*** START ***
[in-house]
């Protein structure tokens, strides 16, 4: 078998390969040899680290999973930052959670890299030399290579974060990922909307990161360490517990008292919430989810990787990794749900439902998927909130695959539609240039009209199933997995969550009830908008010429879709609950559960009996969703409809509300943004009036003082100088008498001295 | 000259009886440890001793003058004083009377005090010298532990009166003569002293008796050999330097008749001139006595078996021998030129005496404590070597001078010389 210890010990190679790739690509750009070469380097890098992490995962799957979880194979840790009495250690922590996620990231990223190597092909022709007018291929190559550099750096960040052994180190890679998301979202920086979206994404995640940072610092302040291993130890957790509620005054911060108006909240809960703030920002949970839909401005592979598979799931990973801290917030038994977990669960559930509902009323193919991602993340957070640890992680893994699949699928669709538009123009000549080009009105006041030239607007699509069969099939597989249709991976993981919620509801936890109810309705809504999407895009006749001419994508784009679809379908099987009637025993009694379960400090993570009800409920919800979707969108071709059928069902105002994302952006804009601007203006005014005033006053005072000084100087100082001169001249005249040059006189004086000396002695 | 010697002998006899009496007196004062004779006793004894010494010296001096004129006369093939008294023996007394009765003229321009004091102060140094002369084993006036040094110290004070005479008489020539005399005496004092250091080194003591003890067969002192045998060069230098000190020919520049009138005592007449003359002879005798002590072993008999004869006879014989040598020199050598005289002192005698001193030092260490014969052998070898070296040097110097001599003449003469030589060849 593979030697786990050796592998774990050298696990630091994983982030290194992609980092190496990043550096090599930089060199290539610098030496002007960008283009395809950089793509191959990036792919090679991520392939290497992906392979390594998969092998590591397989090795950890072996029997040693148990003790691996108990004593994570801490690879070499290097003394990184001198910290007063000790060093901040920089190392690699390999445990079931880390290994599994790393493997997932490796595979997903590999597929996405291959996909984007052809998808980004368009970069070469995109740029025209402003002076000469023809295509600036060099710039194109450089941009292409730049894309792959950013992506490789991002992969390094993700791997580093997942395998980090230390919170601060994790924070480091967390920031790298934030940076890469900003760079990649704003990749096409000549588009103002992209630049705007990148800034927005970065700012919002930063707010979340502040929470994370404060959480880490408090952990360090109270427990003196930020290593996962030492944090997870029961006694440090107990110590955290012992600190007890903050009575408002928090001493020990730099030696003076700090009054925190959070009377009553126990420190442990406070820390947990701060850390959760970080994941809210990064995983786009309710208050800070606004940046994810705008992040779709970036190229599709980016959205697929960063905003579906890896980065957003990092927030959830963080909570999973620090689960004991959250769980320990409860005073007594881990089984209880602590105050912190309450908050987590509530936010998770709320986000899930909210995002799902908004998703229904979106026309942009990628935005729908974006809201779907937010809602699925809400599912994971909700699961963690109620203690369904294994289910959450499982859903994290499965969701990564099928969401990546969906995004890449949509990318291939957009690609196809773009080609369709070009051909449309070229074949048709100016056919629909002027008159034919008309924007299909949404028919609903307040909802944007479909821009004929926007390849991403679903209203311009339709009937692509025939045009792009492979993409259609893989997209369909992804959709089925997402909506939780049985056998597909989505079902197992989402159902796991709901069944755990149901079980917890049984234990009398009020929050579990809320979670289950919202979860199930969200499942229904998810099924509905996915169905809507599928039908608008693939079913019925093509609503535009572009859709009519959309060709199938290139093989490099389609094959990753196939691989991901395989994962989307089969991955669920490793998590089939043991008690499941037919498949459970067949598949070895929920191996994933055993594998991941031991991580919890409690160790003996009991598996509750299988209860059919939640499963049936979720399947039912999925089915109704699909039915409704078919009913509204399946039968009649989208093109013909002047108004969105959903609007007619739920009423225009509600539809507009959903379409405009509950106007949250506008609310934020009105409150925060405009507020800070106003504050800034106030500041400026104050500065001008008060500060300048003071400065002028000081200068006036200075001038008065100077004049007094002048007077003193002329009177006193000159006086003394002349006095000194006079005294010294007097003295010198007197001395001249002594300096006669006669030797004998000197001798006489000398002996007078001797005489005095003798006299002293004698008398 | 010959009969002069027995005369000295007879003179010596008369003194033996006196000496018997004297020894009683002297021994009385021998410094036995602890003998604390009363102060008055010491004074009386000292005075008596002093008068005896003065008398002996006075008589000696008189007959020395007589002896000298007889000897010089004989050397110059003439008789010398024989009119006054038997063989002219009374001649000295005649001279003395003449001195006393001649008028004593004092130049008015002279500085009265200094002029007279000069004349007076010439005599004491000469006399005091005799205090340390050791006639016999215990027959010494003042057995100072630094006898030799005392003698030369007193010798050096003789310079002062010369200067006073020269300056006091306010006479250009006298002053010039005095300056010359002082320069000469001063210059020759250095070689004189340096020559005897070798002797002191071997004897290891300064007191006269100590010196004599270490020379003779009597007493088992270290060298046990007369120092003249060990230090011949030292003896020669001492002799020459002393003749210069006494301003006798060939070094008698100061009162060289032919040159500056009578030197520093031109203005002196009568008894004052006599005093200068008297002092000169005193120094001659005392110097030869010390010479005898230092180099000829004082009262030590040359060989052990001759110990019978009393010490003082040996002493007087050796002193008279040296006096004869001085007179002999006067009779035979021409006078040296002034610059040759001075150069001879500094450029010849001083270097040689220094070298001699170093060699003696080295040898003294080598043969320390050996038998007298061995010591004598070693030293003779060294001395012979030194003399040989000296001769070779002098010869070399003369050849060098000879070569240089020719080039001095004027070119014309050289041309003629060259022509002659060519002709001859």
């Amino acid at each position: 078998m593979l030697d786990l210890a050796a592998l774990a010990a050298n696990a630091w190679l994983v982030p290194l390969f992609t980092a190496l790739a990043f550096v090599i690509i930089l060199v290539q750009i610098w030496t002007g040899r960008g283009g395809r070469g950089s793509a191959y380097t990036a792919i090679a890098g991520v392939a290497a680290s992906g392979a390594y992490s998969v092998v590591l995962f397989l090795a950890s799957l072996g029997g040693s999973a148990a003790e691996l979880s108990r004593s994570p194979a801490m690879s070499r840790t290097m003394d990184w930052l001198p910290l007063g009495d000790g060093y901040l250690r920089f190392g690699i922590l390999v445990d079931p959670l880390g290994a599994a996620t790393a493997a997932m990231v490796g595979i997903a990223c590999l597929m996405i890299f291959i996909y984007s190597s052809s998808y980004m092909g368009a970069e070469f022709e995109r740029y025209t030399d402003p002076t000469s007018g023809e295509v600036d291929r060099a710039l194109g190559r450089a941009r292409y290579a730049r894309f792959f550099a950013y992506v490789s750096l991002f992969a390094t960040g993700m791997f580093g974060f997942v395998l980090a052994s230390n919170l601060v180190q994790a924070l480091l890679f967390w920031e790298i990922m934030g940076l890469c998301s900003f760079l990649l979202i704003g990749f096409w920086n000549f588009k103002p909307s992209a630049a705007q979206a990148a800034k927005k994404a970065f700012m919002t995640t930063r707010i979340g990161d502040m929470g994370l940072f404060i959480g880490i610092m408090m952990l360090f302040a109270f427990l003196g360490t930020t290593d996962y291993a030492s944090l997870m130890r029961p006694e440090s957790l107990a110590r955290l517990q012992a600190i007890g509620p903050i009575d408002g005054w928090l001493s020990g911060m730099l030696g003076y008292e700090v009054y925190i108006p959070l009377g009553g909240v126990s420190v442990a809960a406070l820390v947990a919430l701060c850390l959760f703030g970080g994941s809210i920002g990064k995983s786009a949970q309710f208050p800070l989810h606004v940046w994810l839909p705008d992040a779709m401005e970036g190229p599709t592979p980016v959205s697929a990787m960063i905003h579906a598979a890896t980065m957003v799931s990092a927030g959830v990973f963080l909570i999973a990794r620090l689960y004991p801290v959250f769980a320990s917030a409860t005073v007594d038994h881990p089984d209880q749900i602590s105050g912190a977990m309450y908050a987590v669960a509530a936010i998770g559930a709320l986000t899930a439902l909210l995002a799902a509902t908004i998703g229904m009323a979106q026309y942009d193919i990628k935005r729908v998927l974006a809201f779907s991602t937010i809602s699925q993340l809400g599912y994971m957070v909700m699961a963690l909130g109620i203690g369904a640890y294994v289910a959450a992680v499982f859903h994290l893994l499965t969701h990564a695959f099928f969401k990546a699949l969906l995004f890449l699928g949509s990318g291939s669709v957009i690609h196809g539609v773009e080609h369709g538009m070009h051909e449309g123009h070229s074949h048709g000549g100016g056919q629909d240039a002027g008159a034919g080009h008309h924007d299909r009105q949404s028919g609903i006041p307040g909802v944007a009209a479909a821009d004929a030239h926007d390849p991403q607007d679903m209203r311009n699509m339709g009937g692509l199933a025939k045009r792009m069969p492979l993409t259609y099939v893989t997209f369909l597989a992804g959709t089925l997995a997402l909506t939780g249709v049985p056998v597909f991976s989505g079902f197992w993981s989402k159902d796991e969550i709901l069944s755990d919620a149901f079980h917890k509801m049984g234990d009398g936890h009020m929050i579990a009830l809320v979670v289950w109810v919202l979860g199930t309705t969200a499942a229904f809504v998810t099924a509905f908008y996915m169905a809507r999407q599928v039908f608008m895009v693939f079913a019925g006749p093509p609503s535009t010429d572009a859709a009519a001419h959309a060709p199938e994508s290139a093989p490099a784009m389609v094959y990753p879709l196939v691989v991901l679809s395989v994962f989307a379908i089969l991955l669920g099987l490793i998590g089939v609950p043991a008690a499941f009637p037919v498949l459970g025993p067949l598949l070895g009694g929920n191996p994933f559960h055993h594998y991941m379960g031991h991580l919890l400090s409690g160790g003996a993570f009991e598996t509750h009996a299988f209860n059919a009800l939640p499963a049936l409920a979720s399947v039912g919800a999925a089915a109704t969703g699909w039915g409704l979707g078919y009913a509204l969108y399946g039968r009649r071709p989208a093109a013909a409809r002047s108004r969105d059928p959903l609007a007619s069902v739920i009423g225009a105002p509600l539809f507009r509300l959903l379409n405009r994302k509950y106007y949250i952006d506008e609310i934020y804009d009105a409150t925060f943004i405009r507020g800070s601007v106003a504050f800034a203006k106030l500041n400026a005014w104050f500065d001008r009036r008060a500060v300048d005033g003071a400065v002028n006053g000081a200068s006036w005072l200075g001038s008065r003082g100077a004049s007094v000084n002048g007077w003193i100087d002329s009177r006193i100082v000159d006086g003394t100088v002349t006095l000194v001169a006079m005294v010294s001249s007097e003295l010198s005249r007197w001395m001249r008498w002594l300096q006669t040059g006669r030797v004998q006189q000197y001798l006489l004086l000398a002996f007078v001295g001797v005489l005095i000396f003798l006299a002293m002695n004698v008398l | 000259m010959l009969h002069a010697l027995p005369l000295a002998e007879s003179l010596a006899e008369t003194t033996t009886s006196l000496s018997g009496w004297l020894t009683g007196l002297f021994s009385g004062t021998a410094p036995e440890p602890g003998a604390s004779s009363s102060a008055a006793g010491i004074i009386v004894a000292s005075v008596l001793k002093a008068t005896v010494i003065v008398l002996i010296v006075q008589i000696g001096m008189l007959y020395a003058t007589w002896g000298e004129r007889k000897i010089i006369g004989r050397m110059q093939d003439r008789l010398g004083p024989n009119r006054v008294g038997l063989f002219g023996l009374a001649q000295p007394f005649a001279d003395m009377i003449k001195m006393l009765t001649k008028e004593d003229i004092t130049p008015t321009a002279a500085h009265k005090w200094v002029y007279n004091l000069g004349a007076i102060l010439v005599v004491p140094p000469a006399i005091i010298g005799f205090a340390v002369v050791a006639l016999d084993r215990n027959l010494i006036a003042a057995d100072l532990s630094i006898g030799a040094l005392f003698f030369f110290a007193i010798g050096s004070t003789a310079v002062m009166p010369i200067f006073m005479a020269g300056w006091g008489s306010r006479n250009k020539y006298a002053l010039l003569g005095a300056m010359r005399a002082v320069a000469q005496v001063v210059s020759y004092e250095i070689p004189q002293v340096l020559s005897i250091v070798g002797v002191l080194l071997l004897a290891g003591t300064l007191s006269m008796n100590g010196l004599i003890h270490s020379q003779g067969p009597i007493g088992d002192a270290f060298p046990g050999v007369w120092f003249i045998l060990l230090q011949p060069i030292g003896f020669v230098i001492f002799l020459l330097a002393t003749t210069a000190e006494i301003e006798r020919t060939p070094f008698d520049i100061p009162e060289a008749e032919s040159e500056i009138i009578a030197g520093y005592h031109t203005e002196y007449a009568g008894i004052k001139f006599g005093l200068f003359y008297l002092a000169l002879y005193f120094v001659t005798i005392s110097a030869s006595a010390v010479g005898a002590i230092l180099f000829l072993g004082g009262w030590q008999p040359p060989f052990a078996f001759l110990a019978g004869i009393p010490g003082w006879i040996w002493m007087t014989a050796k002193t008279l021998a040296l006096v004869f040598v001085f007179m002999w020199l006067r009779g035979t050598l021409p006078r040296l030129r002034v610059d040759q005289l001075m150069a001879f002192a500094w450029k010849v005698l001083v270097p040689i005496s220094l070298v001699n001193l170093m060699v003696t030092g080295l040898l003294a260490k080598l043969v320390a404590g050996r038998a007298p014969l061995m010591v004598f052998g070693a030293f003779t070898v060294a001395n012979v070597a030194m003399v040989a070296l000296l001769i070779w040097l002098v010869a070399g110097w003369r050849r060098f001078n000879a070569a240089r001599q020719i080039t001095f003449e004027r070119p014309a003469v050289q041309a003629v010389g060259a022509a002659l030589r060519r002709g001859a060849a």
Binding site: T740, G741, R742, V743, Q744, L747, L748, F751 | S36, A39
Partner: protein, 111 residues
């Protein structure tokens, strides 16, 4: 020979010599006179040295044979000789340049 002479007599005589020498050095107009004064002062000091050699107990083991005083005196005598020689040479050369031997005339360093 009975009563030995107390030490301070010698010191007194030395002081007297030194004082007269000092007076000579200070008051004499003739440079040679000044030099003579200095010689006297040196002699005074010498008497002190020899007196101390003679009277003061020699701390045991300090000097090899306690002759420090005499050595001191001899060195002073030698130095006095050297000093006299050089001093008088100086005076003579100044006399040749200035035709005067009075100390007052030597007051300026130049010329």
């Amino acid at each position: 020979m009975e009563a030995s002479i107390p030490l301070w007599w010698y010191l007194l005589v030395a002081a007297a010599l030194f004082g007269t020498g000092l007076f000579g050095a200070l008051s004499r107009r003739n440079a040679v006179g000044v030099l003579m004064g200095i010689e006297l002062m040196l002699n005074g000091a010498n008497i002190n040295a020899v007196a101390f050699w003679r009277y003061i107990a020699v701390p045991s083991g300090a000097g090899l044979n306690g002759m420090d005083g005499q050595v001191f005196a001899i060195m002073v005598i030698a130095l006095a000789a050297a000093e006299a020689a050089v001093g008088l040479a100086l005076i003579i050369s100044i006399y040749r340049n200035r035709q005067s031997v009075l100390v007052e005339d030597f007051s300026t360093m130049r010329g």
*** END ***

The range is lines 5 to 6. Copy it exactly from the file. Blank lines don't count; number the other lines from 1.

Partner: protein, 111 residues
């Protein structure tokens, strides 16, 4: 020979010599006179040295044979000789340049 002479007599005589020498050095107009004064002062000091050699107990083991005083005196005598020689040479050369031997005339360093 009975009563030995107390030490301070010698010191007194030395002081007297030194004082007269000092007076000579200070008051004499003739440079040679000044030099003579200095010689006297040196002699005074010498008497002190020899007196101390003679009277003061020699701390045991300090000097090899306690002759420090005499050595001191001899060195002073030698130095006095050297000093006299050089001093008088100086005076003579100044006399040749200035035709005067009075100390007052030597007051300026130049010329």